Friday, March 6, 2009

Using a base ten system seems to make so much more sense than a base sixty system. So how did it ever come to be?

Here is a fabulous explanation in six short minutes:

Monday, December 1, 2008

Pixton - Learning Through Comic Creation

Pixton Comic Creation Site

PlayLadyPlay Comics: my profile

Santa Game

This is a fabulous site that starts being fun right away.

I haven't found anywhere on the web that is as fun to create your own profile. If you go to my profile, you can see that I've added my two dogs, my own hair colour... and I pretty much look like me. I was even able to post a note to people who come to see me! I was also able to allocate where I live on this planet. And eventually, as I build friends, I will be able to see all the different countries my friends live in too! Cool!

At first glance though, I thought I'd have to create all my own comic strips and characters. Honestly, I don't have time to do that but I wanted to be able to show my kids something that I had made up quickly.

Well, it turned out that there are preset comic strips available too! All I had to do was insert my words and voila!

Not only can you have fun creating comic strips, but there's a geographic element also. When setting your profile, part of it is placing yourself on the world map.

The Santa game also supports learning about geography. Every few presents that are dropped brings the player to a map of the earth where a question is posted about a chosen country. The player then clicks on the map where the country is located. As the player answers the geographic questions accurately, they gain points.

On top of geography, range identification is also established as the visual difference between a country that is 52,000km2 and a country that is 520,000km2.

I found this educational gold mine when searching the internet for a Santa game for the kids.


Monday, January 21, 2008

Dupligon: Pay Attention, Sit Up Straight and Watch the Corners


Fabulous angles and memory work!

Grow: Incredible!

Grow: Version 3

Fabulous brain exercise. How is your method of deduction working?

Tuesday, January 8, 2008

Instant Flowers

These flowers are not so instant as you design each and every one of them yourself.

I would suggest ages 4 and up. I spent at least 1/2 an hour playing with it myself this morning.

Instant Flowers

Not only gives lessons in colour and design but in physics as well. For example, try growing the centre of the flower to it's biggest possible size and you will see the petals on your flower spread apart... or come closer together as you shrink the centre of the flower.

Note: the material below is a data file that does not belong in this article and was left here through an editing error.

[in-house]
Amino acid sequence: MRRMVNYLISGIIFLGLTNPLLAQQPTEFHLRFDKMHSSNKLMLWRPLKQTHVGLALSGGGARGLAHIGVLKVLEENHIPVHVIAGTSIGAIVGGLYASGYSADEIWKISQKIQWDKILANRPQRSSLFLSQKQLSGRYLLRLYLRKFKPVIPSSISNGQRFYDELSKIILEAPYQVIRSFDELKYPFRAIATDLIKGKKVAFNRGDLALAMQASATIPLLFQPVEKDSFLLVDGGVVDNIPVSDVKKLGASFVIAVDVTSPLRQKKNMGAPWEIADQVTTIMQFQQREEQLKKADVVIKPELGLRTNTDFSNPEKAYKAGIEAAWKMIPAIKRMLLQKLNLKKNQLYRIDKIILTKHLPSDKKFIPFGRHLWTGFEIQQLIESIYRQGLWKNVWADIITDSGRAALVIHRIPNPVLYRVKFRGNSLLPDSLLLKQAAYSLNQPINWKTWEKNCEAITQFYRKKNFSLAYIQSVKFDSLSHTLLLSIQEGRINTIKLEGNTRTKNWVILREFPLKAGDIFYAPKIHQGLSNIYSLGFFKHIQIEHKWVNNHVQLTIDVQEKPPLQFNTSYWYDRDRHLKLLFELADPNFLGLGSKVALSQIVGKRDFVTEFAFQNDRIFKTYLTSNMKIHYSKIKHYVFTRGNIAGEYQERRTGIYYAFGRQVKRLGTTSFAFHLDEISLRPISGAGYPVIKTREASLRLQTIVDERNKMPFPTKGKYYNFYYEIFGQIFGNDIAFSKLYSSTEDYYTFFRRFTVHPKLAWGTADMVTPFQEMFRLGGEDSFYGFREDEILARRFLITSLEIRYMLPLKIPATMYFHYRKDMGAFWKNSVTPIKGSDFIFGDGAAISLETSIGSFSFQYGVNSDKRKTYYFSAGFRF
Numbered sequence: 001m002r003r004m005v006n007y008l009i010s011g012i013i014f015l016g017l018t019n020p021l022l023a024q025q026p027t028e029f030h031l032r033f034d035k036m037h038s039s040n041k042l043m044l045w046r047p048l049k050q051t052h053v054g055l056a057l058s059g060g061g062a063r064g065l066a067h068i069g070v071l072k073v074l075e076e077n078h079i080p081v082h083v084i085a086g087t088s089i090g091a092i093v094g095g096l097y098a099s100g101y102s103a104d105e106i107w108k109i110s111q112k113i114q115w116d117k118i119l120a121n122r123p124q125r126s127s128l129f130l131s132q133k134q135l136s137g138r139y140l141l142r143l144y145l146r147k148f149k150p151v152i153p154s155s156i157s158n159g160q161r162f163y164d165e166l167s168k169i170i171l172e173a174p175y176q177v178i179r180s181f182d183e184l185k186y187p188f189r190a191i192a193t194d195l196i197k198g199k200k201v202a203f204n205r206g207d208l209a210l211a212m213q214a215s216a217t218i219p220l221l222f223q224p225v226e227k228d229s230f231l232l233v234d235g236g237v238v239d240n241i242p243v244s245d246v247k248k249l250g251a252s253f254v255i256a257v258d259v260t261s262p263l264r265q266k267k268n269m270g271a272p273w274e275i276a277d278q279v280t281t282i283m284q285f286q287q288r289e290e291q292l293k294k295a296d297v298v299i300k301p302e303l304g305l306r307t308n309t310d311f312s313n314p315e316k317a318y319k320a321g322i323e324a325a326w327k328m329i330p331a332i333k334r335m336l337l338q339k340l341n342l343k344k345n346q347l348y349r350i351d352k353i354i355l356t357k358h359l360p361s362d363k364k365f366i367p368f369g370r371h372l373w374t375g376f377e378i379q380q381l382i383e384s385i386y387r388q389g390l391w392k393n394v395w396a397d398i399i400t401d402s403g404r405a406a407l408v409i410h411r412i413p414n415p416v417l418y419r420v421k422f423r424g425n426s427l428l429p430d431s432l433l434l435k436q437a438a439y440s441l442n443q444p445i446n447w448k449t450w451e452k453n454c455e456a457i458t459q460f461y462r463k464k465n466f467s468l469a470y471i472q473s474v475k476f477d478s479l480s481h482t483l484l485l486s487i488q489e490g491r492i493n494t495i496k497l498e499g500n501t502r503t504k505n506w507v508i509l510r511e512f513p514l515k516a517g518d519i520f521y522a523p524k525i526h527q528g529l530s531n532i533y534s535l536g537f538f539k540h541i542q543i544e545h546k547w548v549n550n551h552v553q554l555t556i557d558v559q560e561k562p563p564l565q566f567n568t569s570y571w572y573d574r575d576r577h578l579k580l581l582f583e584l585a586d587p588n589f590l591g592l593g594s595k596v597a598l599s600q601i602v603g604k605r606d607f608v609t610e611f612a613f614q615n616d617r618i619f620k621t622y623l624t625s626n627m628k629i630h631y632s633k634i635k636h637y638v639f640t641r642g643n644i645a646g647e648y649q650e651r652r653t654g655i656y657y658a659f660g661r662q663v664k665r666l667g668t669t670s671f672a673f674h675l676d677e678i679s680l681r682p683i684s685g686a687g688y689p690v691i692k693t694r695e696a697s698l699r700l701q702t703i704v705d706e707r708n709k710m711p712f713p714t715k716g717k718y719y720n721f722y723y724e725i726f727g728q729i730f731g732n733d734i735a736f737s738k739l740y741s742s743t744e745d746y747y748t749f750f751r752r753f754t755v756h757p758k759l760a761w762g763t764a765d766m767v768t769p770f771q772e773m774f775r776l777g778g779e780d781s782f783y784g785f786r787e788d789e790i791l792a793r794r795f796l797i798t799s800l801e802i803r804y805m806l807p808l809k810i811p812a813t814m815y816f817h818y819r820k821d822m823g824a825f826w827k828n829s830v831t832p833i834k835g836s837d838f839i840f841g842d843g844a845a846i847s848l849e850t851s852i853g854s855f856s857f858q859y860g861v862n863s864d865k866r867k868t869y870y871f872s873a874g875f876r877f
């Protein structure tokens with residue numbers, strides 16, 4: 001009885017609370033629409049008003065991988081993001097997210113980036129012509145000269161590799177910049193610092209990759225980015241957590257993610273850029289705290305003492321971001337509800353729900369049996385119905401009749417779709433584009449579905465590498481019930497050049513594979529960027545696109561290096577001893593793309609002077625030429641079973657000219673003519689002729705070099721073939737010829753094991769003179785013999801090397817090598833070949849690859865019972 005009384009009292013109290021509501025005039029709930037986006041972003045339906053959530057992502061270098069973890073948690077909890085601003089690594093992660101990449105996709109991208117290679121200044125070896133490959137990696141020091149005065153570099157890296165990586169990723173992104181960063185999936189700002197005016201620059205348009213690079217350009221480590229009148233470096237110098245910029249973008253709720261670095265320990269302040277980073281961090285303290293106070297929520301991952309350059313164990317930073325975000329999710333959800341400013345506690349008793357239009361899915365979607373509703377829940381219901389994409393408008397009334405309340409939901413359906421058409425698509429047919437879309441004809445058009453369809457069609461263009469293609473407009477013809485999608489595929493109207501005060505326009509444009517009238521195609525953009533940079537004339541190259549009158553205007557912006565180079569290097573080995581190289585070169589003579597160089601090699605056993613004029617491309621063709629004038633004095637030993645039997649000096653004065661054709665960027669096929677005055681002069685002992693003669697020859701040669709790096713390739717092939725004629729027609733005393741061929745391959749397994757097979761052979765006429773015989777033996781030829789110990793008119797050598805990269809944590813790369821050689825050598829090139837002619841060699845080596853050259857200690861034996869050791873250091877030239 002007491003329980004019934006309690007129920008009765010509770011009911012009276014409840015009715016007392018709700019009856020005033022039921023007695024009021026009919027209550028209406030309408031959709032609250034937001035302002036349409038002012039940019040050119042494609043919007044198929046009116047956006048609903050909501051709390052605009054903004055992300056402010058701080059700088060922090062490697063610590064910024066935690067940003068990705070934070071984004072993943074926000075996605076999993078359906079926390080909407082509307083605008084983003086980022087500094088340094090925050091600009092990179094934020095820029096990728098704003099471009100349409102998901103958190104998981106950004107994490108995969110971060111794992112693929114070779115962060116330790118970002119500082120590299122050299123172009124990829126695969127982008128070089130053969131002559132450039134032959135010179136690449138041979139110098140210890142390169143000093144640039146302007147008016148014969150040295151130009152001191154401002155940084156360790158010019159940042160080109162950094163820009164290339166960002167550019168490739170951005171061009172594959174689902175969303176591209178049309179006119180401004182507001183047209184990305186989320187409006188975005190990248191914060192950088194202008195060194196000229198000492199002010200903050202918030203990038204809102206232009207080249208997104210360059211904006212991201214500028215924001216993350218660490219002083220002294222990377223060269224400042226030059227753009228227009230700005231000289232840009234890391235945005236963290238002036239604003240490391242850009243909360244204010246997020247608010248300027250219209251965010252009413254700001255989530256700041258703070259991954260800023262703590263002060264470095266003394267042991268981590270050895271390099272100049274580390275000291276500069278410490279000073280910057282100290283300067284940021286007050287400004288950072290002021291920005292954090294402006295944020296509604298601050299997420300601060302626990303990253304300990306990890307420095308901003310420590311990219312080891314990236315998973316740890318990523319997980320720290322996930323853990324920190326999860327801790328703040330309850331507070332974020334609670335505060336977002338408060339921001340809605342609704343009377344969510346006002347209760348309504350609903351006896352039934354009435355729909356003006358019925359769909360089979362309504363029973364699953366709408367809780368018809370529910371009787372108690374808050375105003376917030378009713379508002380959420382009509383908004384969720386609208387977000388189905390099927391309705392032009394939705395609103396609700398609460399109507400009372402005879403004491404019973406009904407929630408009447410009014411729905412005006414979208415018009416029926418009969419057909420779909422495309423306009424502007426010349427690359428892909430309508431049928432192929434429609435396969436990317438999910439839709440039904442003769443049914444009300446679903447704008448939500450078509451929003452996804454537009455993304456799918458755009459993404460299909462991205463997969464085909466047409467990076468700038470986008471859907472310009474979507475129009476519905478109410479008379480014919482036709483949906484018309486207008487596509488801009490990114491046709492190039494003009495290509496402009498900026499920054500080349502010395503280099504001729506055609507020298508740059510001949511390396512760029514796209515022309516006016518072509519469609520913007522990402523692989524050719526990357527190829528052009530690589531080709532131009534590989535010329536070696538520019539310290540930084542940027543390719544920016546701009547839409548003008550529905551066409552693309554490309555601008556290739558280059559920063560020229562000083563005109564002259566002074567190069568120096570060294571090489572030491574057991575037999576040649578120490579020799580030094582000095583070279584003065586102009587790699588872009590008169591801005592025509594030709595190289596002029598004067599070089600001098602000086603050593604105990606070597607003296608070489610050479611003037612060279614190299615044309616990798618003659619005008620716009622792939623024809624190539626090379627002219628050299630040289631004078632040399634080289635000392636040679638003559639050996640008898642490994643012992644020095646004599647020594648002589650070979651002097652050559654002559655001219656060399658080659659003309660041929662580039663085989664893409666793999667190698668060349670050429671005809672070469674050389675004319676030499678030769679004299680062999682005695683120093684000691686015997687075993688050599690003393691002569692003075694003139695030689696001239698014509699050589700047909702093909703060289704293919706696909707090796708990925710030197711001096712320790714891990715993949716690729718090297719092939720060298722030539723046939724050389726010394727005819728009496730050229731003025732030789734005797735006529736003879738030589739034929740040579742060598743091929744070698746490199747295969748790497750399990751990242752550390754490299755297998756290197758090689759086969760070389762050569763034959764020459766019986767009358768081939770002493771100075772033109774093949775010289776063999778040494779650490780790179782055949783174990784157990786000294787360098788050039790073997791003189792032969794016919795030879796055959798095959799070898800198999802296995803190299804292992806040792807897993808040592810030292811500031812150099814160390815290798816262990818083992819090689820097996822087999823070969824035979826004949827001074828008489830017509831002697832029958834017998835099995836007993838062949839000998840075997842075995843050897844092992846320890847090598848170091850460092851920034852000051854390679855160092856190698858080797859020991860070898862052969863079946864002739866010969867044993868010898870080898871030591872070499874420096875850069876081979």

Extra discussion about the game could involve scientific names of the parts of a flower, like the pistil, etc.

Maybe even add on a kitchen experiment...

Prairie Frontier - Anatomy of a Flower

How To Grow A Flower

Growing Plants Unit

Blogs of Games

I'll make it pretty later. Right now I'm busy reading... :D

Independent Games Festival

Technically it's not a blog. However, it's hugely inspiring just to go in and look around at the people who have been nominated for different categories and what kind of product they're turning out.


What a fabulous site! One of the things that really caught my eye was the whole 'personal challenge' of what kind of a game can be created in seven days... SEVEN DAYS!!! If that's not inspiring and empowering to the kids who aren't sure if creating games is doable, then I don't know what is.

I'm busy checking out M3 right now... amongst other things.

2D Boy

Another 7 day game creator up for an award. Goo.

He doesn't seem to let the general public play his games but some of his articles about transitioning from an idea to something concrete and how to refine it are worth reading:

Ron's Rules for Play Testing Great article that applies to far more in life than just game testing. :)

Thursday, January 3, 2008

Meddybemps - Preschool and Up


Links are all for games that can be played on screen.

Age range: preschool and up

At the very beginning I was just looking around for some preschool games that didn't require mouse clicking for my two year old so that he could play by himself without my help for a while. We came across this great train game that he enjoyed quite a bit:

Train in the Train Yard

Here are some links to games that he enjoyed with my help but could also be enjoyed solo by ages three and up. Less than three and the clicking and mouse control are too advanced:

Easter Egg Colouring - This one only required help to click up a new egg onto the screen. Then the baby enjoyed moving the cursor around the screen on top of the egg. Whereever the cursor touched, a bit of the egg's design would appear. Spoiler: Save the yellow egg for last.

Magic Paint

Writing Sheets - It's actually quite fun to try and stay on the lines using your mouse to write with. My two year old enjoyed guessing the numbers and letters I was writing.

The Sensitive Pumpkin - We enjoyed changing the pumpkin from a happy mouth to a sad mouth.

Easter Egg Hunt - We enjoyed counting to twelve. Just click your 'reload' button at the top of your screen to scatter the eggs and start over. First, we did it in English, then French, then Japanese. Finally, we finished in English. I expect he'll be able to hold and click the mouse to drag the eggs to the basket before he's three. This'll be a nice thing for him to do when I'm making dinner.